Shale play still creating jobs, local investment

T-L Photo/JENNIFER COMPSTON-STROUGH Mike Chadsey, public relations director for the Ohio Oil and Gas Association, speaks to a large crowd at Belmont College on Thursday. The audience was on hand to learn about the state of the Utica Shale play in Ohio.

ST. CLAIRSVILLE — Future job creation and a large investment in the economy are expected to stem from the natural gas boom in Eastern Ohio.

That was part of the message shared Thursday when more than 100 people gathered at Belmont College to learn about the status of the Utica Shale play in Ohio. The St. Clairsville Area Chamber of Commerce worked with the Columbus-based Ohio Oil and Gas Association to coordinate the event, which also featured speakers from the Ohio Gas Association and the American Petroleum Institute — Ohio, Ascent Resources and EQT Corp. Those industry insiders addressed a large crowd in the newly renovated Horizon Hall in a Lunch and Learn format.

Mike Chadsey, public relations director for OOGA, educated the audience on the history of oil and gas development in the Buckeye State. While the first successful drilling operation got underway in Pennsylvania in the mid-19th century, Chadsey said oil was first discovered in Ohio in 1814 in Noble County near present-day Caldwell. He added that during the “Rockefeller days,” referring to Standard Oil founder John D. Rockefeller, Ohio was the world’s largest crude oil producer.

Today, natural gas is being pumped from wells in the same region where the first oil strike occurred, with nearly 3,000 wells permitted across the state. He provided the following figures regarding the number of permitted wells in local counties:

∫ Belmont — 585 wells

∫ Harrison — 423 wells

∫ Monroe — 413

∫ Jefferson — 194

Chadsey said that today, natural gas is being used for more electric power generation and that there is plenty of supply to meet current demand.

“We have a lot of gas left in the ground,” Chadsey added.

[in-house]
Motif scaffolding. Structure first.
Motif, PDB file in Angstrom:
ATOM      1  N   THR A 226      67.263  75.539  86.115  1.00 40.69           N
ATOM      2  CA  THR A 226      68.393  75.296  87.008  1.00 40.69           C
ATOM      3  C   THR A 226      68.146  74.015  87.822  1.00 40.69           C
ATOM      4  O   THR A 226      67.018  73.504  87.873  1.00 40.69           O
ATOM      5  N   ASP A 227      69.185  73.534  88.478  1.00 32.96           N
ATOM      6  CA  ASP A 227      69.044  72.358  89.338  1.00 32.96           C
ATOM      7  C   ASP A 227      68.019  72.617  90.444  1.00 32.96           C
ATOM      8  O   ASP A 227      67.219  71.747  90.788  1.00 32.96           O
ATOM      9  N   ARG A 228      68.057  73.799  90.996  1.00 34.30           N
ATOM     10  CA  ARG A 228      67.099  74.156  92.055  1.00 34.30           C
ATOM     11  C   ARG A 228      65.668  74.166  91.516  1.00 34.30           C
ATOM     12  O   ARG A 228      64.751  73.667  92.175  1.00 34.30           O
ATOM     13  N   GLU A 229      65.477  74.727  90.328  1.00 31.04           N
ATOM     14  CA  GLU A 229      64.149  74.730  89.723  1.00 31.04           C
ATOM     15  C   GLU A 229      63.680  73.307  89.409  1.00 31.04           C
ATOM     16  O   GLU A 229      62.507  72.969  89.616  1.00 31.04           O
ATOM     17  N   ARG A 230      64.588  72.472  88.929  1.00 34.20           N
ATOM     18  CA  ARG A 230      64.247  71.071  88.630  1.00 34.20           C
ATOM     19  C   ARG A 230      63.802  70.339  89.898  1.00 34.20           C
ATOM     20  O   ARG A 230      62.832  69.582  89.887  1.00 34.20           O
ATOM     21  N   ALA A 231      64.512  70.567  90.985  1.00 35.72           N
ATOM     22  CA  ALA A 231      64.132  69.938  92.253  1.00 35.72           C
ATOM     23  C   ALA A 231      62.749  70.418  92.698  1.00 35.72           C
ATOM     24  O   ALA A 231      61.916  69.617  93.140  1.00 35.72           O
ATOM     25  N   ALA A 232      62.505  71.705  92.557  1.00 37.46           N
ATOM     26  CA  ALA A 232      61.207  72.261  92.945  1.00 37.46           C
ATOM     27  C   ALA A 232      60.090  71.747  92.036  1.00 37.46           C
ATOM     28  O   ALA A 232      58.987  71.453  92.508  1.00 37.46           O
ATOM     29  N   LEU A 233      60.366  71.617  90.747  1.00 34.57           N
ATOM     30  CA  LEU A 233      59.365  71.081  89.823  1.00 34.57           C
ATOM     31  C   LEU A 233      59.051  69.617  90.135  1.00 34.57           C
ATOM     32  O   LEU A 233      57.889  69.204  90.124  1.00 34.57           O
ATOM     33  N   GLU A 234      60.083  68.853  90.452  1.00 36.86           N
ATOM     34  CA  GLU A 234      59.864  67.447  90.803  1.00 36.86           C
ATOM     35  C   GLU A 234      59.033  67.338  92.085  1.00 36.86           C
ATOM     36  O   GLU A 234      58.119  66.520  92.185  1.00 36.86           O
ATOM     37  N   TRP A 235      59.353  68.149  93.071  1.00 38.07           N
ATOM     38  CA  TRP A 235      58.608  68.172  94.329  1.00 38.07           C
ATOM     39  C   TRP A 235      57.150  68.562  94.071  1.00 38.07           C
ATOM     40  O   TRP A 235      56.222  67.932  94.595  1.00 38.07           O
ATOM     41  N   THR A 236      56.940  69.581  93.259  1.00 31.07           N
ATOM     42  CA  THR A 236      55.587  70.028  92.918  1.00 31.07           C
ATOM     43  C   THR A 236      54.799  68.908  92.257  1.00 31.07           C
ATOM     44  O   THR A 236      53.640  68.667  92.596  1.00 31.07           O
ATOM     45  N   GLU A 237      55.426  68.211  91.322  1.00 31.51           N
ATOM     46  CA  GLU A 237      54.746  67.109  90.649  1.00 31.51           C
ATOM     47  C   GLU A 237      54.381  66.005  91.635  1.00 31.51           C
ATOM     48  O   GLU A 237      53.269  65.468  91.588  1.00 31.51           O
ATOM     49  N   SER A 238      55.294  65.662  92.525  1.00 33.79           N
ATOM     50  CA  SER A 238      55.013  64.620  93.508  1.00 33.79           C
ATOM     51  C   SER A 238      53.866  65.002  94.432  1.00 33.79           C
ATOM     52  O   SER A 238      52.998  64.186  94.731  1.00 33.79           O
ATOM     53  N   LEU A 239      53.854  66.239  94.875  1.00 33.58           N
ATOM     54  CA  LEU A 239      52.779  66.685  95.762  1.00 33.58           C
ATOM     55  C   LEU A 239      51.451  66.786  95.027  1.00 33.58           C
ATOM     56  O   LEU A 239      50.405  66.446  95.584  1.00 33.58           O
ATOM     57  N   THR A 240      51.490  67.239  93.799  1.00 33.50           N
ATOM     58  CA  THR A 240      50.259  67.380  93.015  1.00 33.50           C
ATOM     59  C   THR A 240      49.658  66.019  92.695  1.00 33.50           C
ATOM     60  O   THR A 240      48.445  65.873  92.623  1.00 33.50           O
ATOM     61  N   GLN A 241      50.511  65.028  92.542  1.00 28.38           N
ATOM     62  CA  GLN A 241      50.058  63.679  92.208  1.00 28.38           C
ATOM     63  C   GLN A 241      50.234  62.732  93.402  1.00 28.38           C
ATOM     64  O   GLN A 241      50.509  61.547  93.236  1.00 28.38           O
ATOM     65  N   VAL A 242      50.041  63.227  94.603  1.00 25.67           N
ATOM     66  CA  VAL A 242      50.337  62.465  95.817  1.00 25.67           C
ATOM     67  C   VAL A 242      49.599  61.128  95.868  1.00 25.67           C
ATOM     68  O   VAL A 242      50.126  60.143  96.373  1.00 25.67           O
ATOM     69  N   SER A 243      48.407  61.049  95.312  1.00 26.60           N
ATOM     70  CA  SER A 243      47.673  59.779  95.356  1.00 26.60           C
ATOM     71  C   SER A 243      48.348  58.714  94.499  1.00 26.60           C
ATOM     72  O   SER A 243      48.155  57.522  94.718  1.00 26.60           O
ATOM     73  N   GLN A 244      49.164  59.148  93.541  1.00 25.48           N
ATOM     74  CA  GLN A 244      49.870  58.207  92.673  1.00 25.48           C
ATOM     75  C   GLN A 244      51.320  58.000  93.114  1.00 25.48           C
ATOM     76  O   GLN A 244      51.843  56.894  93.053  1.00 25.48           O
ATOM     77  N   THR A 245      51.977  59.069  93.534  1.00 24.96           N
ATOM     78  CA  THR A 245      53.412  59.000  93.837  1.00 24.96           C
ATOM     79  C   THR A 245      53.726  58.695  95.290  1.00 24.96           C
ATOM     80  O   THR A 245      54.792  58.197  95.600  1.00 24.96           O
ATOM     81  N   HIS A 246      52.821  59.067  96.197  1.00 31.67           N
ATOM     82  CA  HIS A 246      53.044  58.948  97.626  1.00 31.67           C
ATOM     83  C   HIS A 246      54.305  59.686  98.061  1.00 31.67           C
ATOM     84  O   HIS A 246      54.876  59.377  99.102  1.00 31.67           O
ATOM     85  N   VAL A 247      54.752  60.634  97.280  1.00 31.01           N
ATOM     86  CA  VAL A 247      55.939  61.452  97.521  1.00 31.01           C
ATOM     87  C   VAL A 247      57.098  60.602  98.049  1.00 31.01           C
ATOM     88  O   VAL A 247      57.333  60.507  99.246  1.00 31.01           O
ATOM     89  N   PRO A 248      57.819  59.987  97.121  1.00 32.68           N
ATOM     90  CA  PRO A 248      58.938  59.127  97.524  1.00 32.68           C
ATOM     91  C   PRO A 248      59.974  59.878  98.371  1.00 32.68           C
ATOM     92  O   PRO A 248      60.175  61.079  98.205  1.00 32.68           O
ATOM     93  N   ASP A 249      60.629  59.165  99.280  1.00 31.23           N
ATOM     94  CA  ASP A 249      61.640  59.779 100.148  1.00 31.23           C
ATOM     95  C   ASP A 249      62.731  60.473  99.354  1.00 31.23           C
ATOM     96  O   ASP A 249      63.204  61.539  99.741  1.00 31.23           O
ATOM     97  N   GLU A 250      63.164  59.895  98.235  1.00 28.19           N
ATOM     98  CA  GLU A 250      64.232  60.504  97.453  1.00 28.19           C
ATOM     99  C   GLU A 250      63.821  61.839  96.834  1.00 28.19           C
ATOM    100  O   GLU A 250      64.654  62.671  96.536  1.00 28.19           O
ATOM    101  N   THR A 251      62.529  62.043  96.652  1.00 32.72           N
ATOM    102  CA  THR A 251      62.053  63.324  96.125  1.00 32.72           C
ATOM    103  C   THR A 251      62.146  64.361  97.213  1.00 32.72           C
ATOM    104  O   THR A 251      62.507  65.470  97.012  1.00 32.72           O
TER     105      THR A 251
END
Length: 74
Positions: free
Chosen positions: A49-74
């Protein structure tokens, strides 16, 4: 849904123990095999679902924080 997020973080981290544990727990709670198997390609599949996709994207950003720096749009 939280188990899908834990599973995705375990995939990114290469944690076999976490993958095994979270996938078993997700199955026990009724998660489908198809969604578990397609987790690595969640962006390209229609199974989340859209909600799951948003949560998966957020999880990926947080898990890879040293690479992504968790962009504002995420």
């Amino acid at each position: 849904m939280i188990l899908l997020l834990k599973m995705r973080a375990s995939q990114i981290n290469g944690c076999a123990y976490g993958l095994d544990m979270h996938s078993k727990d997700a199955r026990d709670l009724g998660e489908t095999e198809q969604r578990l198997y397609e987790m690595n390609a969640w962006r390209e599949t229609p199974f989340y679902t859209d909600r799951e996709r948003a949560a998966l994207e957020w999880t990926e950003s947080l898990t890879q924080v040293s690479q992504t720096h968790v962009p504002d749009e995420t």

He also noted that the “Shale Crescent” region that includes portions of Ohio, West Virginia and Pennsylvania that lie atop the Marcellus and Utica shales is an ideal location for future petrochemical manufacturers. He said if those three states were to form their own nation, it would be the “third-largest natural gas producer in the world.”

Jimmy Stewart, Ohio Gas Association president, discussed the importance of transmission lines in the ongoing development of the industry. He pointed out that the supply side of the business is literally right in our own backyards.

“We are sort of the Saudi Arabia of natural gas,” Stewart said.

But getting that plentiful gas to market still poses a challenge. He noted that getting the product from point A to point B as safely and efficiently as possible is a key to the future of the industry.

Stewart also pointed out that while gas production has grown substantially in recent years — largely because of the Marcellus and Utica shale plays — demand for electrical power in the United States remained virtually unchanged from 2000-2016. He said that although the nation has added 40 million people in that span, appliances and electronics have become more efficient and some heavy manufacturing operations that used large amounts of electricity have left the country.

Claire Linkhart of API — Ohio discussed the refining process as well as the marketing and distribution of natural gas and oil. She said Ohio has the sixth-largest refining capacity in the U.S. with four refineries in the state. Of those, the closest to the local area is the Marathon Petroleum Corp. refinery at Canton. It is fed, at least in part, by petroleum pulled from the ground in Harrison County.

In addition to having a large refining capacity, Ohio also is one of the top 10 states for consuming natural gas, Linkhart said.

In particular, Linkhart looks forward to more natural-gas fired power plants going online. Currently, there are four such plants operating in Ohio, and Linkhart said at least 11 more are slated to be built. She expects those plants to create 14,000 new jobs and to generate 10,000 megawatts of power. She said that is equivalent to $40 billion of natural gas purchases over a 30-year period.

Bradley Bodkin of EQT discussed his company’s recent purchase of Rice Energy, which had a large footprint in Eastern Ohio. He said EQT dates back to 1888 and is now the largest natural gas producer in the nation and now has a large investment in the local region. He added that safety is a No. 1 priority for EQT and believes in integrity, accountability, transparency, diversity and inclusion.

Amanda Finn, representing Ascent Resources, said the relatively new company created in 2013 is the largest gas producer in Ohio, has 140 local employees and uses local contractors 85 percent of the time. Ascent also emphasizes safety and integrity and works to support its partners in the community.

All the presenters said they were optimistic about the future of the industry and the local region.


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